I would like the follwing in order of priority:
Here is my take:
AIM can do 2 and 3, but not 1. It takes CC data and requires much stricter PCI standards.
SIM can do 1 and 2, but takes you away from your URL
CIM can do 1, 2 and 3
Not sure about DPM.
I am using ExpressionEngine and CartThrob if that matters...
I am new to Authorize.Net, I need your advice to understand CIM method. For our project I have plan to use CIM for first/ intial payment and for ongoing paymnets. Please let me know can we achieve using CIM ?
Are you going to use hosted CIM (forms are hosted on Authorize.net) or regular CIM (forms are hosted on your site)? If the latter, it's probably fairly easy to do a custom receipt page, just print_r on $response or $transactionResponse (not sure which it would be) after putting in a sample transaction, and this will give you all the fields that Authorize.net returns. if the former, there should be sample code here (see the CIM section):
Your discussion of what portion of the authorize.net framework to use, but in the real world, as with my site that has both memberships and one-off purchases, do I then use CIM for purchases from my "members" and simply AIM to process individual transactions where I do not have a previously saved customer ID?
The issue is that I wonder why both AIM and CIM have a transaction processing method, would it not be easier if there was just one transaction processing method with an optiponal customer ID that could be passed in instead of individual field for name, card #, etc?
That seems logical to me, having it all wrapped up in one all encompassing method so that I would not have to use two completely different authorize.net modules to do the same thing, namely charging purchases. what makes no sense to me is the following logic: If (is a member) use CIM; else use AIM.
Re: do I then use CIM for purchases from my "members" and simply AIM to process individual transactions where I do not have a previously saved customer ID?
Correct. However, you should never use AIM for new development, use DPM instead. And likewise, you should never use standard CIM for new development, use "Hosted CIM" (see the api docs) instead.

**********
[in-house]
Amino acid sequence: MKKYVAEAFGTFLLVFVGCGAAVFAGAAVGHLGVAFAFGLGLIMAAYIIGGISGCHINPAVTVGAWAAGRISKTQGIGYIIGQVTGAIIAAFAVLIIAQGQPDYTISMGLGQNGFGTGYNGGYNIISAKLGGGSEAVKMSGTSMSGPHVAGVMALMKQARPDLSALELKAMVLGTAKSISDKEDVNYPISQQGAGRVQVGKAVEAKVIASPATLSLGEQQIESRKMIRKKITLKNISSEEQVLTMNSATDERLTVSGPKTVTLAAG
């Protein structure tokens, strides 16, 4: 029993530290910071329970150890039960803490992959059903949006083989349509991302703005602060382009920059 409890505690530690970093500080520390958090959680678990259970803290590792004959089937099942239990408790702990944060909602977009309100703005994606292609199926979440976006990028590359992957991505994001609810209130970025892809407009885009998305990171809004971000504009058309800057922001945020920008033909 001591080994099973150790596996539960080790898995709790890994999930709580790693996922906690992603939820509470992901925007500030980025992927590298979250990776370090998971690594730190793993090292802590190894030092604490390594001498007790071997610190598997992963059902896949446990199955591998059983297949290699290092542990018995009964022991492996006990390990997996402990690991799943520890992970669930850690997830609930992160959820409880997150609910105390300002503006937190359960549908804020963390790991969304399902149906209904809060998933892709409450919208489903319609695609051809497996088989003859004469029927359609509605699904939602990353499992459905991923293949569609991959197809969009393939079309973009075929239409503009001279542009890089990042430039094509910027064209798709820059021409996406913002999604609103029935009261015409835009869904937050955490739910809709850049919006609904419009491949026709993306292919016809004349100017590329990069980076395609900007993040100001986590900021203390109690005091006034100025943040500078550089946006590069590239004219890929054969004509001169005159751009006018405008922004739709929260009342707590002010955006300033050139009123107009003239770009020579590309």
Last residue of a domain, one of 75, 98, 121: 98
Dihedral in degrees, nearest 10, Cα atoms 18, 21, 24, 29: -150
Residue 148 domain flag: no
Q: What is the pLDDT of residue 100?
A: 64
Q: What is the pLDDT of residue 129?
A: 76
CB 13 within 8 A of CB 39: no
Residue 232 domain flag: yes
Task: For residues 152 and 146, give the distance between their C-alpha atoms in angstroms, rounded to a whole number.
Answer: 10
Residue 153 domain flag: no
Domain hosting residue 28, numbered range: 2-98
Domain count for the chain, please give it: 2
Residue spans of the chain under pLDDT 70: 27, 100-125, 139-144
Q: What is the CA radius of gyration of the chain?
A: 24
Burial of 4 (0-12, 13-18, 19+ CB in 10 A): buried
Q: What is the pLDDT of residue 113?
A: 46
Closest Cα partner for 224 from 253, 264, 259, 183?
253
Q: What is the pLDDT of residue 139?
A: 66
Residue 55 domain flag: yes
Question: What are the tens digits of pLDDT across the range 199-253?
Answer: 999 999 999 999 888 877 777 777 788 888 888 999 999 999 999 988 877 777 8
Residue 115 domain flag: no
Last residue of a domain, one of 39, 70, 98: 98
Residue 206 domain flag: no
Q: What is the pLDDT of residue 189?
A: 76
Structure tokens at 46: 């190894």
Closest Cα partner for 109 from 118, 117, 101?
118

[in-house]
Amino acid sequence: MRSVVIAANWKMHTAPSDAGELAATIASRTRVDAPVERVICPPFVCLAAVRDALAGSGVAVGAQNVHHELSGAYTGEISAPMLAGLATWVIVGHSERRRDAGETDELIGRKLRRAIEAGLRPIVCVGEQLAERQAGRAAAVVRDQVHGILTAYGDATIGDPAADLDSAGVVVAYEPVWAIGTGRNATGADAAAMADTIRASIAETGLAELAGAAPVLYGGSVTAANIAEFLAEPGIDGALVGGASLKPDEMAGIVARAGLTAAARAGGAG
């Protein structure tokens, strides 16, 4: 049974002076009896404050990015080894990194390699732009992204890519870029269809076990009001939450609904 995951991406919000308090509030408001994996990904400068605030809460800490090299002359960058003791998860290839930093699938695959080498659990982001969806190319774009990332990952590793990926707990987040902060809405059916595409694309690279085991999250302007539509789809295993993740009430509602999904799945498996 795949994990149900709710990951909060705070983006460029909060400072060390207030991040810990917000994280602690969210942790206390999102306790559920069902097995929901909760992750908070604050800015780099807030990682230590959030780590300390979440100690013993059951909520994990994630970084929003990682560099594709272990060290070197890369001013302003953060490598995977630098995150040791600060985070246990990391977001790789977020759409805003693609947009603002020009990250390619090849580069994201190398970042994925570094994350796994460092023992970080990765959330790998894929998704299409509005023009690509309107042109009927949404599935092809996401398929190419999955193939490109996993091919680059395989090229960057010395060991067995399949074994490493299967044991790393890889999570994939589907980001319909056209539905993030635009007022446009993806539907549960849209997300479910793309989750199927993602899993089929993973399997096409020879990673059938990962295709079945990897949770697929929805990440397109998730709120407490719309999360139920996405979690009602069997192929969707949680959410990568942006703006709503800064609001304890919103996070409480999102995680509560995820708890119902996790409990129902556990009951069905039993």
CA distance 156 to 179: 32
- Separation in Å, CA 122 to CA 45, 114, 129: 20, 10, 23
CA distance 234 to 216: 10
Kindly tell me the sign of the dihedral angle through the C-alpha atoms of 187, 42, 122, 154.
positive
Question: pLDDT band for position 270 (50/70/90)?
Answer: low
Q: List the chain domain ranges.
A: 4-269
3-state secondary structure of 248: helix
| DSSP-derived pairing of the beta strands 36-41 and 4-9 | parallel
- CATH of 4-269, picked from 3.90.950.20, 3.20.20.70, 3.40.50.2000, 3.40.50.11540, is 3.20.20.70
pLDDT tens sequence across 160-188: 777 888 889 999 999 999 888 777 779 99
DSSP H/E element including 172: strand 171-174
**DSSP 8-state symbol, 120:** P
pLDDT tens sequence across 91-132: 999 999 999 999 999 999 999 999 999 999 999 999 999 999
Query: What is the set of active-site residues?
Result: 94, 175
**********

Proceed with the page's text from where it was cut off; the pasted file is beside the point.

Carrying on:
You want to reduce your server's exposure to the card data (and to PCI) when-ever possible.
Re: why both AIM and CIM have a transaction processing method?
You're right, the Auth.net api's could be better integrated with each other. The good news is that the transaction fields for the different methods tend to be the same.
The feeling I get is that one thing they're working on is better integration between CIM, DPM and the ARB system. -- There should be no need to re-enter ARB payer info if it was recently entered as part of a transaction (AIM, DPM, etc) or is already within the CIM system.
I don't think Auth.net has many developers, so enhancements seem to roll out slowly. The good news is that their competitors are causing Auth.net to be more pro-active than they used to be. "All hail capitalism!"
The PCI requirements for even AIM and regular CIM are not terribly difficult as long as only one person has access to the hosting and that person doesn't walk around with the password taped to his forehead. And a lot of people (myself included) prefer to charge things internally rather than forward to another site. Saying that they should -never- be used is going a bit overboard, imho. As long as they're available, they'll be an option that many people prefer. If they're ever disabled, you can kiss a large chunk of Authorize.net's user base goodbye.
I still argue that as long as you're not actually storing the credit card data locally, security starts and ends with access to the hosting. If someone gets into your hosting, you're doomed. Period. No amount of security is going to protect your customers. Only takes maybe 30 minutes to hack together an identical, fake payment form and then redirect people to that instead, for instance.
We are new to authorize.net and would like to go this foute in favor of our current paypal process.
We are a youth sports group where parents register their children for tournaments.
1. enter player information and select tournaments on first page (ASP)
2. save entered information on previous form in access db, presents payment page with paypal paynow button
3. paynow button when clicked routes the customer to paypal via the following code:
<input type="hidden" name="cmd" value="_xclick">
<input type="hidden" name="business" value="email@example.com">
<input type="hidden" name="item_name" value="<%=Request.Form("email")%>">
<input type="hidden" name="amount" value="<%=(feeplus)%>">
<input type="hidden" name="item_number" value="<%=(REGID)%>">
<input type="hidden" name="no_shipping" value="0">
<input type="hidden" name="no_note" value="1">
<input type="hidden" name="currency_code" value="USD">
<input type="hidden" name="notify_url" value="http://www.xxxx.com/register/ipnPayPal.asp">
<input type="hidden" name="return" value="http://www.xxxx.com">
When the transaction is complete in paypal, the ipnpaypal.asp is executed automatically on our site to post paid to the transaction.
Can we do this with authorize.net and are there any practice native ASP examples we can use?